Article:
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Market Indicators Show Some Improvement

The housing market is on the forefront of everyone’s list because of the impact on personal finances as well as on the general economy.

 

The end of the year is always a good time to reflect on what has happened during the year. The housing market is on the forefront of everyone’s list because of the impact on personal finances as well as on the general economy. So, let’s look at some of the changes in the market.

A good place to start is with the statistics from the Northwest Multiple Listing Service (NWMLS) to find out what is happening in Woodinville.

Months of supply in inventory (active inventory divided by pending sales) gauges the type of a market we are in. Zero to three months of inventory signifies a sellers’ advantage, a three- to six-month supply indicates a balanced market and six or more months supply slides to a buyers’ advantage.

According to the latest Realtors® Confidence Index, the cost of renting a residence (apartment or house) is up compared to a year ago. A total of 51 percent of Realtors® reported higher rents, in contrast to 15 percent reporting lower rents compared to a year ago. This makes home buying more lucrative.

The work of the congressional Joint Select Committee on Deficit Reduction to fill a huge gap in the federal budget came to a close without any progress. Elimination of the mortgage interest deduction is now off the table for at least 2012. This will have a positive effect for many homeowners and certainty on April 15.

Congress extended flood insurance several times, each time for only a few months. Realtors are urging Congress to add certainty to the program by extending it for five years. Without flood insurance, homeowners in a 100 year flood plain would not be able to sell their homes. FEMA is in the process of extending the areas that is now included in the flood plain. This could eliminate any building in the Kent Valley.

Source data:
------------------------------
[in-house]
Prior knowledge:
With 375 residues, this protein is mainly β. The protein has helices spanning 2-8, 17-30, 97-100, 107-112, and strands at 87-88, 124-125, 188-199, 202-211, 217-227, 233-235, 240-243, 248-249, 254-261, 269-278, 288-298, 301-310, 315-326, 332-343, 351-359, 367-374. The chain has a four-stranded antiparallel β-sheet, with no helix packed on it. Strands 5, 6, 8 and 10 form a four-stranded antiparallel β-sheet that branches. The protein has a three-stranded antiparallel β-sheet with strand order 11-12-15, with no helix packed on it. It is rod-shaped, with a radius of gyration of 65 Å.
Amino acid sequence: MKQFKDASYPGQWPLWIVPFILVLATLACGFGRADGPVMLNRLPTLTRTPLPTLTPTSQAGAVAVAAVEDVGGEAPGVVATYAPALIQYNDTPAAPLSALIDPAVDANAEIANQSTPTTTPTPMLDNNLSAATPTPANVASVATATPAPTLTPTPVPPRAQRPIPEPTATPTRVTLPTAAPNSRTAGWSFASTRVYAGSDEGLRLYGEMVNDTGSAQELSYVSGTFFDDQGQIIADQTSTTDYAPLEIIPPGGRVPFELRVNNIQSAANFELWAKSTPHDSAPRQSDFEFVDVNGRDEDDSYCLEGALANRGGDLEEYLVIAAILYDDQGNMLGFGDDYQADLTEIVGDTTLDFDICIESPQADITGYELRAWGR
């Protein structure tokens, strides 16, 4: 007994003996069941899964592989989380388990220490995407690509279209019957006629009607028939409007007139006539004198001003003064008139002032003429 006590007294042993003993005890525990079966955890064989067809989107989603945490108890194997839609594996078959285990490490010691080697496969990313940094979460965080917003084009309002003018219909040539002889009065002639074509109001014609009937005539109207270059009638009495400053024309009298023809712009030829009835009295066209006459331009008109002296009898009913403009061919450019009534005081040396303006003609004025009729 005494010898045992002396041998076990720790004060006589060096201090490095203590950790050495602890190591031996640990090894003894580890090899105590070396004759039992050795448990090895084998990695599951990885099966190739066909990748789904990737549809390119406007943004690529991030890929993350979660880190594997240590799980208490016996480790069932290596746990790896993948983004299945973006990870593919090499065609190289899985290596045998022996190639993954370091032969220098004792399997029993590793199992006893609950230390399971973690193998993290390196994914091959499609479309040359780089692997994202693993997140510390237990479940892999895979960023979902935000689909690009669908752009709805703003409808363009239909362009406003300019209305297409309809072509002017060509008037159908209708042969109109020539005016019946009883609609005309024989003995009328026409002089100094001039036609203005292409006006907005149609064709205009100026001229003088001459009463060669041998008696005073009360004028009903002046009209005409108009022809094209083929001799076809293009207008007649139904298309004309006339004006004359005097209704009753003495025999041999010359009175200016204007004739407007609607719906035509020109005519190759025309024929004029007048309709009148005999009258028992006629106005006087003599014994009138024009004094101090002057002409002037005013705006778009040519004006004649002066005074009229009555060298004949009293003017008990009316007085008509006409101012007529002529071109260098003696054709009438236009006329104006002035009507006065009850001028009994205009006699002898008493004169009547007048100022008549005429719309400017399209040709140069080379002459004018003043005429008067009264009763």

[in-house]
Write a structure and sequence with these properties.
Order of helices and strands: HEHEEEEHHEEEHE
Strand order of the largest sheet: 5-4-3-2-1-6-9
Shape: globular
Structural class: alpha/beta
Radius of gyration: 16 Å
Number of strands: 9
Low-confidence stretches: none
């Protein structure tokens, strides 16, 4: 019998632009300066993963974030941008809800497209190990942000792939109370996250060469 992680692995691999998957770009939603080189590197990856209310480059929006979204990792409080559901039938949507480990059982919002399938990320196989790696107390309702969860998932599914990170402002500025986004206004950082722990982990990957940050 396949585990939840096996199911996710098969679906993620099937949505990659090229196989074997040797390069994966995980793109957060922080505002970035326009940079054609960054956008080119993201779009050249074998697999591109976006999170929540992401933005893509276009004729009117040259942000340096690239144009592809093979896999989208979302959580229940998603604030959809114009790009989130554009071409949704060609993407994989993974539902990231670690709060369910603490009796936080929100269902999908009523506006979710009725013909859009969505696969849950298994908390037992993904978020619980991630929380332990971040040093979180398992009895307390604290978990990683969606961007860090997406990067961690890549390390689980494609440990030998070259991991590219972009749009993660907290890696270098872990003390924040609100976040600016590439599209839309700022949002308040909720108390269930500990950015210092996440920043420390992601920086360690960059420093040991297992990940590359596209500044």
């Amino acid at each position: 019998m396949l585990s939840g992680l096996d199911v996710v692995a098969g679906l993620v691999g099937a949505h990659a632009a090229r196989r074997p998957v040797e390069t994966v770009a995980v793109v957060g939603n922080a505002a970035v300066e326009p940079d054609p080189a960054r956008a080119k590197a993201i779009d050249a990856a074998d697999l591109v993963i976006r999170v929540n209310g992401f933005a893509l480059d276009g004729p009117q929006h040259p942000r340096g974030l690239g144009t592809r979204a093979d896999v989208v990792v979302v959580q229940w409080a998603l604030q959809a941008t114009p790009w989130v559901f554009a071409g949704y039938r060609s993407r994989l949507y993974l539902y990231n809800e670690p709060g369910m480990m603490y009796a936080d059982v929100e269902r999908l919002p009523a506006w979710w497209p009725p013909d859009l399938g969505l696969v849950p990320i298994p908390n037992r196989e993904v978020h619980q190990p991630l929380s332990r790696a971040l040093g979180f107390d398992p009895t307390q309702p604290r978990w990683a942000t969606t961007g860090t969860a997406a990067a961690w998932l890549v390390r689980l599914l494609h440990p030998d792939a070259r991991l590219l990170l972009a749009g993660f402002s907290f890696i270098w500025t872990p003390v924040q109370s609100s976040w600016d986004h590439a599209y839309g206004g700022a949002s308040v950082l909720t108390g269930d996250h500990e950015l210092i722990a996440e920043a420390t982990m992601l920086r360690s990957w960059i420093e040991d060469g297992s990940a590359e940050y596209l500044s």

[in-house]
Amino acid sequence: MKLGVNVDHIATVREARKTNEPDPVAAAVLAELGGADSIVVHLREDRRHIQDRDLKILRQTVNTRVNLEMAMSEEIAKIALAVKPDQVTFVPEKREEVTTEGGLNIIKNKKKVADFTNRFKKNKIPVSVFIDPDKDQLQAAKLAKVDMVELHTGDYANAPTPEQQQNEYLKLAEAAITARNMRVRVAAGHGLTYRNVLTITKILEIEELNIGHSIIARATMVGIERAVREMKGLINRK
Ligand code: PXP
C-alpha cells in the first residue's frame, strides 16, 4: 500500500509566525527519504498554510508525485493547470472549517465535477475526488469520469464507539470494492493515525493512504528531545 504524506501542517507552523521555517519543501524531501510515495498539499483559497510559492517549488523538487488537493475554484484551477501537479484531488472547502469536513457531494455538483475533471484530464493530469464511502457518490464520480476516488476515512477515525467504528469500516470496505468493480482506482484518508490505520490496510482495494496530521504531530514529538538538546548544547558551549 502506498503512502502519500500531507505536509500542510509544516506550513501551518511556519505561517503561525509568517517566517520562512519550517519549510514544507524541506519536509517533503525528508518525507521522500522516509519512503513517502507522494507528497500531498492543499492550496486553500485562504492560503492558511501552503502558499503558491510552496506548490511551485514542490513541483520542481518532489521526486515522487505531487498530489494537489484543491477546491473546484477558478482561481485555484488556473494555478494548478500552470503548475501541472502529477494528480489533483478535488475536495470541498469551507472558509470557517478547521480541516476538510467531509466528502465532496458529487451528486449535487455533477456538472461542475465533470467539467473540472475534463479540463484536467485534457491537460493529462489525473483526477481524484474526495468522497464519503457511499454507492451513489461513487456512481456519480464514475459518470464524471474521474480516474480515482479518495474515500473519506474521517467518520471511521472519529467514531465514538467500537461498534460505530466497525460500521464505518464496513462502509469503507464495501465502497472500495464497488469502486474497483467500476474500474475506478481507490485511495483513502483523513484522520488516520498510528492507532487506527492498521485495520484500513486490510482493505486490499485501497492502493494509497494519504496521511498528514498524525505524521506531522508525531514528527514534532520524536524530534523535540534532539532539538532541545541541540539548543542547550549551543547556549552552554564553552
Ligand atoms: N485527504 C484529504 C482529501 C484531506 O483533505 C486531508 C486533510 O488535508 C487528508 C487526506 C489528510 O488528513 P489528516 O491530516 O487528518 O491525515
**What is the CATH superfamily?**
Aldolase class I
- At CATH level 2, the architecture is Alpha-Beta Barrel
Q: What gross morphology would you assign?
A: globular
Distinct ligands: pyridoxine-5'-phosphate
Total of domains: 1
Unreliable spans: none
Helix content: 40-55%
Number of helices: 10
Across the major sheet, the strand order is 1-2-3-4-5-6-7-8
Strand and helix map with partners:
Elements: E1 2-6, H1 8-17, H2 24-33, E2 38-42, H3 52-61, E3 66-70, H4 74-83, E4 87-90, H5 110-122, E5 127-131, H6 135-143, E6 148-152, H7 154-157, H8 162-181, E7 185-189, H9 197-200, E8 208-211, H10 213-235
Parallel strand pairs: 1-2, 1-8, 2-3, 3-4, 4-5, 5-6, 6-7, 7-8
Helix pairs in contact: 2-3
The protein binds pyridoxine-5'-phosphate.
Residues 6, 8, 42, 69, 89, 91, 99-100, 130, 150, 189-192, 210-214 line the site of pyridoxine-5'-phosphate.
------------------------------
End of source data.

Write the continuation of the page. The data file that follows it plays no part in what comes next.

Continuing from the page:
The number of opportunities to acquire mortgage money increased dramatically and likely contributed to the decrease in inventory. The government initiated new programs that offer buyers a wide variety of options, decreased the time that lenders have to facilitate the sale of a distressed property, and even stopped any attempt of evicting any homeowners during the holidays.

The Federal Housing Administration has raised the loan limit for King, Pierce and Snohomish Counties back to $567,500. This enabled buyers to not only qualify for a higher loan but also to have the same interest rate afforded to other borrowers.

The year 2010 signaled the end of the $1,500 tax credit for energy efficient home additions. In 2011, the government added lower but still useful energy tax credits for heating and cooling systems.  The HouseLogic web site clearly lists specific requirements for a maximum $500 tax credit. HouseLogic is a free source of information and tools for homeowners from the National Association of Realtors® that helps homeowners make smart decisions and take responsible actions to maintain, protect and enhance the value of their home.

Investors have more access to loans. This is taking more of the distressed properties off the market and has the possibility of helping to keep prices of non-distressed properties from depreciating further.

Last year’s fear of increasing interest rates did not happen. Interest rates are holding steady and even dip into the 3’s for certain loans.

The one lesson that can be learned from the present market is that no one knows the future. But, indicators show improvement and this is a great time to find the perfect home at a great price with a great interest rate.

Joan Probala is the managing broker for Issaquah Windermere (Windermere Real Estate/East Inc.). She has 30 years of experience in real estate, construction and sales. She is president-elect (2012) of the Seattle King County Association of Realtors.

Randy Koetje December 22, 2011 at 04:21 AM
I take issue with a fundamental point: “The housing market is on the forefront of everyone’s list because of the impact on personal finances as well as on the general economy.” FALSE…One would hope so, but actions by the Woodinville City Council have clearly demonstrated that housing is at the bottom of the list. Delay after delay with passing the downtown zoning code amendments is strike one (which include some housing incentives); indefinitely postponing any effort to revitalize the single family housing industry in the city is a big strike two (zero single family homes issued final occupancy permit since 2008…ZERO! no other municipality within King County can share this distinction I'll bet); and final strike to complete the out, it appears the Council is in favor of annexation of rural and agricultural lands into the City’s urban growth area, which in part will then be used to assist in meeting Growth Management Act housing targets (rather than promote new construction)! The housing bubble has had a dramatic impact on the housing industry, some estimates claim that 30% of the job loss and market decline can be attributed to this. Isn’t it time that regionally we address this issue, which must include positive steps by the City of Woodinville? Isn’t the housing industry one industry that can’t be imported or shipped overseas, meaning we must put local workers back to work to build local residences? I say it’s time to start building something!

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